Retreat from Blenheim
February 1, 2011 — Daniel Lichtblau, Scientific Information Group
When last seen in the whereabouts of the Marlborough Maze, I was slinking off stage left, having been upstaged by Jon McCloone and his mix of image processing and graph theory alchemy. In a comment on my post, Jaebum Jung showed similar methods.
Me, I only wanted to compute a bunch of distances from the entrance, then walk the maze. But I was not at that time able to show which was the shortest path, or even to prune off the dead ends. I’m over that lapse now. In this post I will provide brief Mathematica code to take the grid of maze pathway distances that I computed, and get the hopeless paths to melt away. Technically this is referred to as a retraction—not in the sense of an apology, but, rather, topology.
Wuzzat mean? Well, it is a bit complicated. The idea is to provide a set of pictures (technically, a parametrized function) that has the “bad” maze pathways retreating into the shortest path. Topology purists will object, and rightfully so, that we are cutting the maze—that is, altering the topology. True enough. But it is correctly a retraction, provided we understand that where there are loops, we regard the maze as “sliced” so that the longer paths do not actually connect to the shorter ones.
Let’s start by explaining the methodology. We want to get rid of maze pathway points that are surrounded either by boundary or other pathway points of lesser distance from the entrance. This is because such points are either at the end of a dead end or at the end of a roundabout path that has just intersected with a more direct path (where distances are smaller). It is at these latter places that we think of the maze as having been sliced.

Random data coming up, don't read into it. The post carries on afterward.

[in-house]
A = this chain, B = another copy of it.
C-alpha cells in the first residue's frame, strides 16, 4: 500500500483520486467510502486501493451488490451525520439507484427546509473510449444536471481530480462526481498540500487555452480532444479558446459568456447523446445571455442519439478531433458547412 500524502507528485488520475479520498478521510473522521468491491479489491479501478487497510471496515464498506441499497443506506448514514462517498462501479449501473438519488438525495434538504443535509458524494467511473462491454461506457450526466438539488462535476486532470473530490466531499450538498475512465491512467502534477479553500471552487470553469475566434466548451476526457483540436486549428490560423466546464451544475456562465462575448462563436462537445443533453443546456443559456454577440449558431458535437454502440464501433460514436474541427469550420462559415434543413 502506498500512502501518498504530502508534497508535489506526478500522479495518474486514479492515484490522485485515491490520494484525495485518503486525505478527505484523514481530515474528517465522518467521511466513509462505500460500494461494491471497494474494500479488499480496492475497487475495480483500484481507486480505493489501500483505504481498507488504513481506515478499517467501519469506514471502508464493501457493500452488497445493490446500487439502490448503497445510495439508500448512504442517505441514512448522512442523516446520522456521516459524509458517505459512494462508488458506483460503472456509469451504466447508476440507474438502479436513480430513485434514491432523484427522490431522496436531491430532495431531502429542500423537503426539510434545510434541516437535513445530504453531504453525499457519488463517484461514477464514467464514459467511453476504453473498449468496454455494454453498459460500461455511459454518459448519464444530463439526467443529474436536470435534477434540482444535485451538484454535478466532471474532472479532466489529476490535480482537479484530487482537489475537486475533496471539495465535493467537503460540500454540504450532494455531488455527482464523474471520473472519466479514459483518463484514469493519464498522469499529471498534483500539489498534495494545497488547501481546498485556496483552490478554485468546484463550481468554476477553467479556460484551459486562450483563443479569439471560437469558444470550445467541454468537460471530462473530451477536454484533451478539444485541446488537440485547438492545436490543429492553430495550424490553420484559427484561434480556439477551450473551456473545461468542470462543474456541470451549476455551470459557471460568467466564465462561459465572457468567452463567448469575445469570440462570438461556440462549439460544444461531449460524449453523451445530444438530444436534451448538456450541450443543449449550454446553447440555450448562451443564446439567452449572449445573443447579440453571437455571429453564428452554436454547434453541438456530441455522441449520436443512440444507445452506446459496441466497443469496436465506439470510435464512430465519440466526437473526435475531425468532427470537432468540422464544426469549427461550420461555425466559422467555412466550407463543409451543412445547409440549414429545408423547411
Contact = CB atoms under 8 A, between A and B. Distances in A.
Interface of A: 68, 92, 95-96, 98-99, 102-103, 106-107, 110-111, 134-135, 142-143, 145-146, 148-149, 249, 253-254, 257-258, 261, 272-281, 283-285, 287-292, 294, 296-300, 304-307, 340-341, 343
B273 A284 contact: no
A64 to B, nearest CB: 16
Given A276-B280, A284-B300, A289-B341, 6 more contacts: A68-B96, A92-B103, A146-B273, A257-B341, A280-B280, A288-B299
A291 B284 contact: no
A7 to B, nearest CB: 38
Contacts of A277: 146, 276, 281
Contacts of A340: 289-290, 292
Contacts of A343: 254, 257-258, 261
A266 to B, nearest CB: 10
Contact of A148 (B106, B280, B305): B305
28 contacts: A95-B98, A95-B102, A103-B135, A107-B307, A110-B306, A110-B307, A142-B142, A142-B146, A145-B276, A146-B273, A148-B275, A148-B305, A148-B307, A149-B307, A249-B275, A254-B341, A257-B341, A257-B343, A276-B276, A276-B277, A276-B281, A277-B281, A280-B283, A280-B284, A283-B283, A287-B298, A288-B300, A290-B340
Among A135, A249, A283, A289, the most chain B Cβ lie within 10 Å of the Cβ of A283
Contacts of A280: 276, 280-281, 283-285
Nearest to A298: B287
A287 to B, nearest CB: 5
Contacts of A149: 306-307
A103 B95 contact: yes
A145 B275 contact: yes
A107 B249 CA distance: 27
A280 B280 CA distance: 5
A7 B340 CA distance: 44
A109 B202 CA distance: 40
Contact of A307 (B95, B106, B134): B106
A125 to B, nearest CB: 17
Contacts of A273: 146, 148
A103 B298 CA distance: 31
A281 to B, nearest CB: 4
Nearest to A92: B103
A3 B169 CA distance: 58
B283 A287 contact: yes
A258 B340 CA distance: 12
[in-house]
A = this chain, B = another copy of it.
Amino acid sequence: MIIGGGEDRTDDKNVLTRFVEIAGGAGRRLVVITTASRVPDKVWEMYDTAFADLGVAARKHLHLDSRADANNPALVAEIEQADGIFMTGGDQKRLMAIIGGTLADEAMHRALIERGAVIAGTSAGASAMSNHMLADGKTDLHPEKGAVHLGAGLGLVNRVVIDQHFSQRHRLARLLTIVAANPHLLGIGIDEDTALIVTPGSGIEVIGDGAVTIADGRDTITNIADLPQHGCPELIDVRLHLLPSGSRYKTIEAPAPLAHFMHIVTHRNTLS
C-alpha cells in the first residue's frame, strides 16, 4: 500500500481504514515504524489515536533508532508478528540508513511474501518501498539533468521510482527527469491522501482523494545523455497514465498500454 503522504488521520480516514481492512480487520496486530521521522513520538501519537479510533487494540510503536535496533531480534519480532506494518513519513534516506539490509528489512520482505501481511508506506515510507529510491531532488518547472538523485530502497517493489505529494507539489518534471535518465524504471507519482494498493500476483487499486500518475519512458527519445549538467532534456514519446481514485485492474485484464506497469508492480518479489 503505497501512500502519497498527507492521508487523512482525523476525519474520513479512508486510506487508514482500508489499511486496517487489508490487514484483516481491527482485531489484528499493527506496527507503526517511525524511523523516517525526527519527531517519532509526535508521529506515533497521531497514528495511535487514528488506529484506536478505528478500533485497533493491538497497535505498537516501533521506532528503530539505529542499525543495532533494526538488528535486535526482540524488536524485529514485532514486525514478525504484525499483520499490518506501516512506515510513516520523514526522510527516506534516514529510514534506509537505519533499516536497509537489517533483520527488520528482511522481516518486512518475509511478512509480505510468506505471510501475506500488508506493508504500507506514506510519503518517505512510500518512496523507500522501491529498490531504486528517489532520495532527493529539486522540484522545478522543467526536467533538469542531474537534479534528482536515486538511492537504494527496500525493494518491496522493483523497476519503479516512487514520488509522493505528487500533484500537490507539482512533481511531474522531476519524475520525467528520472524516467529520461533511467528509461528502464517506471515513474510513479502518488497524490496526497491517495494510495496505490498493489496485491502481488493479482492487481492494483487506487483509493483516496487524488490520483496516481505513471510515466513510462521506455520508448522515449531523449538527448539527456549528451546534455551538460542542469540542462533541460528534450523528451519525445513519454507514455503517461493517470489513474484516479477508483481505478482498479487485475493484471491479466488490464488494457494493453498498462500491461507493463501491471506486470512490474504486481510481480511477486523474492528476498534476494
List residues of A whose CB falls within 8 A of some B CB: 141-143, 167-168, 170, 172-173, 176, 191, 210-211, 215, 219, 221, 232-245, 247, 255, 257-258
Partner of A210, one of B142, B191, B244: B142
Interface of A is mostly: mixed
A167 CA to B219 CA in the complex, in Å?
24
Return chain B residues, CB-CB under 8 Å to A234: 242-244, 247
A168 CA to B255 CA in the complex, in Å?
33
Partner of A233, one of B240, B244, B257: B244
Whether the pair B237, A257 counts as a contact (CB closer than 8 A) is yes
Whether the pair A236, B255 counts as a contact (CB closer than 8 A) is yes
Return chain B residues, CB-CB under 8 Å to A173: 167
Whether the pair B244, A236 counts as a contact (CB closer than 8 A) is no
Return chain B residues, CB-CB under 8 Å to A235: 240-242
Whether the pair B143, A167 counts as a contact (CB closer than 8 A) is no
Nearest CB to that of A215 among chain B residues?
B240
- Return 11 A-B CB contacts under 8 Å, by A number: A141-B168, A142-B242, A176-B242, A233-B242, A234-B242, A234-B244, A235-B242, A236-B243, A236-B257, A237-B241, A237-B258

For purposes of efficiency, we arrange our pathway points in a list ordered by distance. We start with the furthest, see if it qualifies as removable (by checking its neighbors), and if so, we change it to “boundary” status. This allows us, in a sense, to “melt” our way from further to closer points, removing new bad ones as we go.
We first force the points near the exit to stay in place by adding an artificial first row that has exit neighbors with values that make the exit points not appear to be surrounded by boundary or closer points.
We start with distances as computed in my prior blog on this subject, modified so that all entries not reachable or out of bounds are simply regarded as “far”. This was for purposes of graphing but serves us for the computation below as well. As this distance matrix is large, we do not show it here. It is kept in a hidden cell (how unexpectedly Spanish Inquisition) in the Computable Document Format (CDF) file accompanying this blog.
Let’s check the picture. We have the maze, with all the reachable points colored in some way by distance.
So now we can compute our retraction of paths, taking snapshots every so often. We’ll then show it all in an animation.